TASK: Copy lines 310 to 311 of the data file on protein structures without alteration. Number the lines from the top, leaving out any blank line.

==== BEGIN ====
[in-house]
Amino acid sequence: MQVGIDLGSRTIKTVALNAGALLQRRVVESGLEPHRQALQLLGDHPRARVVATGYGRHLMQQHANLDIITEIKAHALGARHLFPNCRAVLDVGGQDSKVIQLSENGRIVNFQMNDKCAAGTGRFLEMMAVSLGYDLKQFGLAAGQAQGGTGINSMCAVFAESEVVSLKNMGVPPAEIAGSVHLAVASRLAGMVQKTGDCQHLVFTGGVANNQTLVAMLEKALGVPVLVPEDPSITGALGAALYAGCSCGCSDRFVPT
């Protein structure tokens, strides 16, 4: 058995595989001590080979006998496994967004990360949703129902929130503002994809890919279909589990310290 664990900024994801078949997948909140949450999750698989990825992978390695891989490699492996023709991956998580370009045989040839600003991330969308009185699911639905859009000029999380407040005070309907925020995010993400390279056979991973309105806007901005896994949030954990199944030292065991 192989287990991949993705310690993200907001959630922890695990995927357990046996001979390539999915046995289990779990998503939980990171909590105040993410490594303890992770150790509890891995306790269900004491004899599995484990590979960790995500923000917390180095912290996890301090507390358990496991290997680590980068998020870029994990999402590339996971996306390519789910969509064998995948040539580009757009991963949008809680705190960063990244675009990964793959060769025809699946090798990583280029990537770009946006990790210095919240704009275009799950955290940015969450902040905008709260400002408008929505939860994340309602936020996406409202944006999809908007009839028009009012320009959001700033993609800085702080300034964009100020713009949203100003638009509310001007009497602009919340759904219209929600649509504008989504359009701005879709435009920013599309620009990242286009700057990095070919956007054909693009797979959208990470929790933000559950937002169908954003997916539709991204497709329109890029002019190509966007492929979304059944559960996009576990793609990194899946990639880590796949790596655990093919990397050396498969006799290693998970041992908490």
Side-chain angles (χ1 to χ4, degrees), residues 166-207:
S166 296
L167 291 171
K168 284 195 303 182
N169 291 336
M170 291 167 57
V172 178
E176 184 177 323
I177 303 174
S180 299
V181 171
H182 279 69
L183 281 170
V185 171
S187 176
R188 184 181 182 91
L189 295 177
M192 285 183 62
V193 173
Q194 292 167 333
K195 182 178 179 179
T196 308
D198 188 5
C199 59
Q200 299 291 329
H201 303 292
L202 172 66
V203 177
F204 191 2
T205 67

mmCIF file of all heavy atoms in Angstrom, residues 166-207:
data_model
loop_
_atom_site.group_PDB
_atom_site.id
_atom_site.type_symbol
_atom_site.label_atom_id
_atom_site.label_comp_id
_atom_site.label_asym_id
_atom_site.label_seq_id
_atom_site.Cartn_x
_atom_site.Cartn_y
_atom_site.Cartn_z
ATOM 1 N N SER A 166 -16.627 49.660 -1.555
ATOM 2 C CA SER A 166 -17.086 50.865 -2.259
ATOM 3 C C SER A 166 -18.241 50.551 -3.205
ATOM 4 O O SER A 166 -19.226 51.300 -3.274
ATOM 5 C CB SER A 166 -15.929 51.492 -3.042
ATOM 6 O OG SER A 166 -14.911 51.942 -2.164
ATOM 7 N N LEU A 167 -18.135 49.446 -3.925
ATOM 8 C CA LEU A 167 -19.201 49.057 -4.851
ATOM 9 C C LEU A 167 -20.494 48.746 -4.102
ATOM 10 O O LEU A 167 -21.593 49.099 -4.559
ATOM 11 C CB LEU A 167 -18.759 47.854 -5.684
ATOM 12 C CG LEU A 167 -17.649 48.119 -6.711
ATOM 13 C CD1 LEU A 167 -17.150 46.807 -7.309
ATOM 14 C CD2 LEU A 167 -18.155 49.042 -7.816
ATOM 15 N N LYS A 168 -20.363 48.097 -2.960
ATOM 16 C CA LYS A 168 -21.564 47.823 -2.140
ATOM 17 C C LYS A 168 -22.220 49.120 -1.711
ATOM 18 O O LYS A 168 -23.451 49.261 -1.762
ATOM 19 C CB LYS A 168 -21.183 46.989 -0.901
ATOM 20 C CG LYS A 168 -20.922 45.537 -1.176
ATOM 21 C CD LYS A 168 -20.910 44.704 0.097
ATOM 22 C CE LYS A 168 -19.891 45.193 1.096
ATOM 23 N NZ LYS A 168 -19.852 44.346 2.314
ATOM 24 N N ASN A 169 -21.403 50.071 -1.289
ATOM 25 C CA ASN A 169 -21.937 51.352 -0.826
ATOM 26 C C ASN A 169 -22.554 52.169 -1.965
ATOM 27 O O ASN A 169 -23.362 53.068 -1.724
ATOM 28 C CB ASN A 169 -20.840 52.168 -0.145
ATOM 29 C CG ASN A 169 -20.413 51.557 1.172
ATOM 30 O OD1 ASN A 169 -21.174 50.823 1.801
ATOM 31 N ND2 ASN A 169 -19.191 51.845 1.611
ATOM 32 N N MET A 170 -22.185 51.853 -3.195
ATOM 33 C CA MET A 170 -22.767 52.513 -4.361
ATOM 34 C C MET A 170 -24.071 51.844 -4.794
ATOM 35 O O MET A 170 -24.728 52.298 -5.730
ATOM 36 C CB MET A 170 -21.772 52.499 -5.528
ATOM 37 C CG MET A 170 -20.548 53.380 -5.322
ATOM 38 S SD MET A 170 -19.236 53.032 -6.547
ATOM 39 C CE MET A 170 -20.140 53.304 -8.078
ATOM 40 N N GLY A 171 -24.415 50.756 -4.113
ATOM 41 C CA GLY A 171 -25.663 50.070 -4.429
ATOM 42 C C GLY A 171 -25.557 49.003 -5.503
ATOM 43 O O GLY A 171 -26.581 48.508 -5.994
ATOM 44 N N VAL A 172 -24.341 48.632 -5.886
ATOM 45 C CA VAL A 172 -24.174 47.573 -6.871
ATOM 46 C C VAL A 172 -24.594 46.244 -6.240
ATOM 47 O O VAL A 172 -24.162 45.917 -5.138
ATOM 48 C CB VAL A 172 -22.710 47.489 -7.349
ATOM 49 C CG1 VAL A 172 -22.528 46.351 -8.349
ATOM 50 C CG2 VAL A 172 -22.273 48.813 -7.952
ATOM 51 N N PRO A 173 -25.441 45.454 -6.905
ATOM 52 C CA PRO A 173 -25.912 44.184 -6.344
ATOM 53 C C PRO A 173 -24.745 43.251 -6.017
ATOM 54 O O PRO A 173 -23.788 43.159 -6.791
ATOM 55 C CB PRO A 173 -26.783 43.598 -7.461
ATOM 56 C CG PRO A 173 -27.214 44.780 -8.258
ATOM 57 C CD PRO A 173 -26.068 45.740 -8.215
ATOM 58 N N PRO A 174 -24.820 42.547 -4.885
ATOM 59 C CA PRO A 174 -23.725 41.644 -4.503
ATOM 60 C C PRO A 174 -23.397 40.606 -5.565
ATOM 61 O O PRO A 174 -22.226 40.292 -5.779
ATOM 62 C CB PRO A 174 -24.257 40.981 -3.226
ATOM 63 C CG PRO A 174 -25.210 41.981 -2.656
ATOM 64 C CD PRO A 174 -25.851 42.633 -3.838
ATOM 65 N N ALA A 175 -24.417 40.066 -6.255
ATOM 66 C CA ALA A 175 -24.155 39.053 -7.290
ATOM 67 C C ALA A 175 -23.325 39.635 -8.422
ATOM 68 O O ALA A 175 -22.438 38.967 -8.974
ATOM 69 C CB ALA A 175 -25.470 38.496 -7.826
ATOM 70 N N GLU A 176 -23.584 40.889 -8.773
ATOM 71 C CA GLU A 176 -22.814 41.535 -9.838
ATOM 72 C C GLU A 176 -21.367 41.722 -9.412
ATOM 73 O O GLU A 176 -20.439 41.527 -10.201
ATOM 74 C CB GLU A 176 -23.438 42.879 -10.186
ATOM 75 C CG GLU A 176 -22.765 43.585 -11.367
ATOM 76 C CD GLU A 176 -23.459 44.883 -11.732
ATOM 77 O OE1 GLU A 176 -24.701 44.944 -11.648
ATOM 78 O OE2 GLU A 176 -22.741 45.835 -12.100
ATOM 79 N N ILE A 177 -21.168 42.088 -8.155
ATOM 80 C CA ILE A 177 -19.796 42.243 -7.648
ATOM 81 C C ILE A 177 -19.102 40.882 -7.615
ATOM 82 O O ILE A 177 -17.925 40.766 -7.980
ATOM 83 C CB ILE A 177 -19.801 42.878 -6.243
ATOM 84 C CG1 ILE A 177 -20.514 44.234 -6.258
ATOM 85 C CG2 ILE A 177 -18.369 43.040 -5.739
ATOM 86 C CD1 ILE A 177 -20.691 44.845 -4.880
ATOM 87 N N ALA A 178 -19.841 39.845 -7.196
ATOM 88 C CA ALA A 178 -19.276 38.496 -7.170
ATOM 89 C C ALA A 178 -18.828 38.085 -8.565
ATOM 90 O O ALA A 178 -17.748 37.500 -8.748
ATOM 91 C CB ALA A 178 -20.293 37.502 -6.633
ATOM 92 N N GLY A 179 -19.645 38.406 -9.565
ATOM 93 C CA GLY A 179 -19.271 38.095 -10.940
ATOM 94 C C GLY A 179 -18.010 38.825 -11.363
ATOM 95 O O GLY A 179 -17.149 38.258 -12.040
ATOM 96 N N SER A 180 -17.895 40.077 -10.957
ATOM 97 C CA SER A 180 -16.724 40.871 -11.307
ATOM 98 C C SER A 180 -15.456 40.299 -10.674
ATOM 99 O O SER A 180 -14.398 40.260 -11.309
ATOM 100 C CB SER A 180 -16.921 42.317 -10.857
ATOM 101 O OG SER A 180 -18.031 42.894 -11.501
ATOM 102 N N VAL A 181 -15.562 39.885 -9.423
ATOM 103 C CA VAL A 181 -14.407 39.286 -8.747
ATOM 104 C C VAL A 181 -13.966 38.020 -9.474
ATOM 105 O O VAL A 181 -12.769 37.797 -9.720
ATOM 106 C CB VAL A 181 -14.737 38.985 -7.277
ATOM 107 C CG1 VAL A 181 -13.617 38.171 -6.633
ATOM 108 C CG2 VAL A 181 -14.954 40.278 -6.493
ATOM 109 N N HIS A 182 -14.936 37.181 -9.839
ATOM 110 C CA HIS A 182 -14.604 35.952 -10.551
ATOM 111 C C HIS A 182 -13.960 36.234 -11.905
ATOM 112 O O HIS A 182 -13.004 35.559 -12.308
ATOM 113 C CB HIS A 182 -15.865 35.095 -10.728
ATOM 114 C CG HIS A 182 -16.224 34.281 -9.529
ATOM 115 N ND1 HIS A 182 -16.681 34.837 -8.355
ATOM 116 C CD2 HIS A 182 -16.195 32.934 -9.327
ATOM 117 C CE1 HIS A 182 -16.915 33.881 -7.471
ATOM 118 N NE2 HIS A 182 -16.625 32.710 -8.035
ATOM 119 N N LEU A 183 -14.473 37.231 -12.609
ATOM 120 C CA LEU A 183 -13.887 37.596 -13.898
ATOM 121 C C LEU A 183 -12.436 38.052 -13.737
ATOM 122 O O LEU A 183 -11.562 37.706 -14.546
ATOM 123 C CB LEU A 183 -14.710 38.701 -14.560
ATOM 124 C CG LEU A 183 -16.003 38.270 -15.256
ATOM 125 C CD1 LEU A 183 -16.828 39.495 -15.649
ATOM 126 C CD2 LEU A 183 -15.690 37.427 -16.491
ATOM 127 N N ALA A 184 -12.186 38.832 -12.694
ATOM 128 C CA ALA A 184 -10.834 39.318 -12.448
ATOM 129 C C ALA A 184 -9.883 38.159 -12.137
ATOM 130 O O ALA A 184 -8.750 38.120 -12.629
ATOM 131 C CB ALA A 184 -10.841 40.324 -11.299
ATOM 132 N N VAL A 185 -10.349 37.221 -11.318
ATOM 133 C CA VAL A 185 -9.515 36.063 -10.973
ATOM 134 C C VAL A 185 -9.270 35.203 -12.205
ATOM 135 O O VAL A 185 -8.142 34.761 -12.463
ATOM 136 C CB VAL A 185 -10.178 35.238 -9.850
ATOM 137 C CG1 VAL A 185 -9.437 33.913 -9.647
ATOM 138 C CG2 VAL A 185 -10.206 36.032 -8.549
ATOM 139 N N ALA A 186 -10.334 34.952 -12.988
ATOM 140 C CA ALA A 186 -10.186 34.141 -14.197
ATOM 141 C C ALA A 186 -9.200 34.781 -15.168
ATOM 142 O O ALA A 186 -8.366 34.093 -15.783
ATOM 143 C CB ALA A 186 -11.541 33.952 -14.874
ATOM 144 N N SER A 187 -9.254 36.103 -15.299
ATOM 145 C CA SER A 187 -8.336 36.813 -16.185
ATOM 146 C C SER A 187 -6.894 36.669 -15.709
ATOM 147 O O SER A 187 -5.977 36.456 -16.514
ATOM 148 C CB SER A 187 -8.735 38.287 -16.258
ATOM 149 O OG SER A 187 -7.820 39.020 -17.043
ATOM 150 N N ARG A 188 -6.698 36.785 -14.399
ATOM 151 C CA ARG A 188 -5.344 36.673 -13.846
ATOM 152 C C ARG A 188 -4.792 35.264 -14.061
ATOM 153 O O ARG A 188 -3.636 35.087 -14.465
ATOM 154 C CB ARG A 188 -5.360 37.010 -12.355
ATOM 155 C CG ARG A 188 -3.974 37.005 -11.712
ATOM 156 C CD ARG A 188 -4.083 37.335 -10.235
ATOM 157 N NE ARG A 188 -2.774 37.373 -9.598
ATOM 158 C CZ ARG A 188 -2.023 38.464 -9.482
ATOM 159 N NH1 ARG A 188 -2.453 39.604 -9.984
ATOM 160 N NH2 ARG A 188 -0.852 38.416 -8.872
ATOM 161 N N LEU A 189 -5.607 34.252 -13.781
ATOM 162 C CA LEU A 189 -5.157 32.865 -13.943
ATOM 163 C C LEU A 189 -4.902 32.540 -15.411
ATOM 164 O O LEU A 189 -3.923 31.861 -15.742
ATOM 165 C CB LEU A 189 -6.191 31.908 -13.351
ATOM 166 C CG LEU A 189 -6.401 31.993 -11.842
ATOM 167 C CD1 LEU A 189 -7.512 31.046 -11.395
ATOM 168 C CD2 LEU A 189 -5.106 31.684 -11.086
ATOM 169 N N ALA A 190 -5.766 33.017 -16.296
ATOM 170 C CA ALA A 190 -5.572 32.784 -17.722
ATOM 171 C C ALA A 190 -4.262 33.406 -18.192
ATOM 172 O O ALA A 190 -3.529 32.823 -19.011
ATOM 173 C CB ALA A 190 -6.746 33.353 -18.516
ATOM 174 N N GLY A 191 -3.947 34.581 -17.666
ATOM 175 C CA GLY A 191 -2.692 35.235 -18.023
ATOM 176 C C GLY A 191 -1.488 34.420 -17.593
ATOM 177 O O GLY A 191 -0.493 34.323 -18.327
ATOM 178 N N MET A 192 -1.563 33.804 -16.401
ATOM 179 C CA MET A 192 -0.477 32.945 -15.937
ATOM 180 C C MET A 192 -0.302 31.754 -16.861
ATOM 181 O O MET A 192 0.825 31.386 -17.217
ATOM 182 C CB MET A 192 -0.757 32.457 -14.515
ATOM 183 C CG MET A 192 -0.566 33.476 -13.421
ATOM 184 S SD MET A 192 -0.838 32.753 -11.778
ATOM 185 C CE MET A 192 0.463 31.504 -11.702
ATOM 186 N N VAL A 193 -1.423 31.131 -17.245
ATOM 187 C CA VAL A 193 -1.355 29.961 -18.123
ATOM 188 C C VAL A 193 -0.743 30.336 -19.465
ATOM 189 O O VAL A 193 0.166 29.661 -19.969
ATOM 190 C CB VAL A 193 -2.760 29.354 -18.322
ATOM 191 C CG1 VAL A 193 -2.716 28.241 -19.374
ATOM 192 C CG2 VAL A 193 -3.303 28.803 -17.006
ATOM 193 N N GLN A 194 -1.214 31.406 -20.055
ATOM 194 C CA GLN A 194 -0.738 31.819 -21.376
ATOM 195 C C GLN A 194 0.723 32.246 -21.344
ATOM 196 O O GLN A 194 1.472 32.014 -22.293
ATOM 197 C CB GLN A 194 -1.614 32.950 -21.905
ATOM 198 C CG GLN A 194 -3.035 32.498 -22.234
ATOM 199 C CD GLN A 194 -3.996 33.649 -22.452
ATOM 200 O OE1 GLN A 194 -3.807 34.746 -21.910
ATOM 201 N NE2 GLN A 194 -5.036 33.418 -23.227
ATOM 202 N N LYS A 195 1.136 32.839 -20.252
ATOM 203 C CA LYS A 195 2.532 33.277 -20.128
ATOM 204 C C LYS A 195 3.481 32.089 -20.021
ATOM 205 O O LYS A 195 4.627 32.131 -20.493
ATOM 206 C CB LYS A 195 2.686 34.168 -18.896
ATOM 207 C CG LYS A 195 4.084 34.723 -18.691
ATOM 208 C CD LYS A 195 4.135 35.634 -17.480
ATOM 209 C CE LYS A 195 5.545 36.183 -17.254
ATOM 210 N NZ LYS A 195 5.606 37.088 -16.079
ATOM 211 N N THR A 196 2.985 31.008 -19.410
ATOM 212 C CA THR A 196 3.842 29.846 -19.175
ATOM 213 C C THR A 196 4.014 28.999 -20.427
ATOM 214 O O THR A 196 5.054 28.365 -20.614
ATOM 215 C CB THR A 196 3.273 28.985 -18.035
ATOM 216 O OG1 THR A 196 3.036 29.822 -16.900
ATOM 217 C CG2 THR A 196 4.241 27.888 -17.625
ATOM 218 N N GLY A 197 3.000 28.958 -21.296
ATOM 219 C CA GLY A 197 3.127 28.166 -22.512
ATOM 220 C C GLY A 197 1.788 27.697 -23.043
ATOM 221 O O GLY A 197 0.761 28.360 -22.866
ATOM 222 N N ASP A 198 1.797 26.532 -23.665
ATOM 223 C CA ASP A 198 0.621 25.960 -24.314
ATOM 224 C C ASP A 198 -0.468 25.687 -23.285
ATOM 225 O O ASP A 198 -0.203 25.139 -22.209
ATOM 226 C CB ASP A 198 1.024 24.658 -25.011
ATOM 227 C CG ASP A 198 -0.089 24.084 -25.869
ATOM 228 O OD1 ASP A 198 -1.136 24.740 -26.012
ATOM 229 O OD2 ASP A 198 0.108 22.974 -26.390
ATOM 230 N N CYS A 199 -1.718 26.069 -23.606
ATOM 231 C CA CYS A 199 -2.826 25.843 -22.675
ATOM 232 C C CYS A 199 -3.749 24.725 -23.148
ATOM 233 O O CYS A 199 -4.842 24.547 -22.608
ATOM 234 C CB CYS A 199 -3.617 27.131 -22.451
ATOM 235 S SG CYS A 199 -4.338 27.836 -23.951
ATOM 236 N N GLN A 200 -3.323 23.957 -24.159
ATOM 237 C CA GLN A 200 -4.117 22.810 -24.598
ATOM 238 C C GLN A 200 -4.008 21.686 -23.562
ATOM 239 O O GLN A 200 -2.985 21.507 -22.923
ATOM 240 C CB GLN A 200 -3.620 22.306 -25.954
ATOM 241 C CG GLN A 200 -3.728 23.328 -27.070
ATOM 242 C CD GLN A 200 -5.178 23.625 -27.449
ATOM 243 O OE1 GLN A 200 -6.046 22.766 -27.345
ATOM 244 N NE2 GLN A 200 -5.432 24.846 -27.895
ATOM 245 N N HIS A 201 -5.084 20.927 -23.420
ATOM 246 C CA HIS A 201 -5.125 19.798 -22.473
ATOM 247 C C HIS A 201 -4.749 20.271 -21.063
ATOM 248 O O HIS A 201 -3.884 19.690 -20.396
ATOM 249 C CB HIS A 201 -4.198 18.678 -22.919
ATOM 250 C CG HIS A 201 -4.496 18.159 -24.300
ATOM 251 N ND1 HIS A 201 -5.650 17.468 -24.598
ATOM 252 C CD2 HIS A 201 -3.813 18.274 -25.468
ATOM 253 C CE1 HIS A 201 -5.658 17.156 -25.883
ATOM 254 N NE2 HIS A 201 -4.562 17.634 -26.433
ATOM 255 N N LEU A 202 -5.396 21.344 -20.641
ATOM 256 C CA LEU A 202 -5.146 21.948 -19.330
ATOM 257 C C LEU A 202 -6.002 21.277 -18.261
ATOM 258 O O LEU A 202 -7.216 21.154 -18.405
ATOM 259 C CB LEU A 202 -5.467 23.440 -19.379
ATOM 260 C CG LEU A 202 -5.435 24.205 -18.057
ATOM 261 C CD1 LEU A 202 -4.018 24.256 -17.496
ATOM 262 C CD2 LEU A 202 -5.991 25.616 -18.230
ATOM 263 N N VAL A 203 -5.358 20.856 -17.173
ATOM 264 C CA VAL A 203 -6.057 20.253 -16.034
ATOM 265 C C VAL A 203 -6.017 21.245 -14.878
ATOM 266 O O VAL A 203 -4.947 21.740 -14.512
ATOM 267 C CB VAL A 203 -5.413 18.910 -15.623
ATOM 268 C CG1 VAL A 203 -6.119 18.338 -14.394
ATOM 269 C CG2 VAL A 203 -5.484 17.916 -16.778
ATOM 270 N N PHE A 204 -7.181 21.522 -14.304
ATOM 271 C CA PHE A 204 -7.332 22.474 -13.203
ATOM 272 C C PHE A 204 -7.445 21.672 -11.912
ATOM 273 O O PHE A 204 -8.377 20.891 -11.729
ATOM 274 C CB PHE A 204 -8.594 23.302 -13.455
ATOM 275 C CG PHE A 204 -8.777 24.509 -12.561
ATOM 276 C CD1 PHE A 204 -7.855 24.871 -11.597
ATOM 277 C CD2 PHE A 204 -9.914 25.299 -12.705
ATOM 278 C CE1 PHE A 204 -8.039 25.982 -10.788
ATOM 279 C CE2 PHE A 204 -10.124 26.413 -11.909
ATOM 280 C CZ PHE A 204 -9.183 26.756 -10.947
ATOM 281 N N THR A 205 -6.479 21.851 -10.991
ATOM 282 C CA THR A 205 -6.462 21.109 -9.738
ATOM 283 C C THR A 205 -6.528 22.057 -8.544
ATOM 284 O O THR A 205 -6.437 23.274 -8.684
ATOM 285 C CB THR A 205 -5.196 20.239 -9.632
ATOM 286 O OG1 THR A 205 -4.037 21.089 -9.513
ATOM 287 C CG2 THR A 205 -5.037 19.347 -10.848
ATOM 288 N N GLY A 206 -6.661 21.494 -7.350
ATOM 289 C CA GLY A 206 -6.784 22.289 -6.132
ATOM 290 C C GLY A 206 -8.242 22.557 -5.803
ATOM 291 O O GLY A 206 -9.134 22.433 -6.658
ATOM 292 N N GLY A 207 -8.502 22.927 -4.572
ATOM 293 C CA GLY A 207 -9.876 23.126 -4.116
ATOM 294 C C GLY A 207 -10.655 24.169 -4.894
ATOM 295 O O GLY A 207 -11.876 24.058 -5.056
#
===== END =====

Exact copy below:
ATOM 264 C CA VAL A 203 -6.057 20.253 -16.034
ATOM 265 C C VAL A 203 -6.017 21.245 -14.878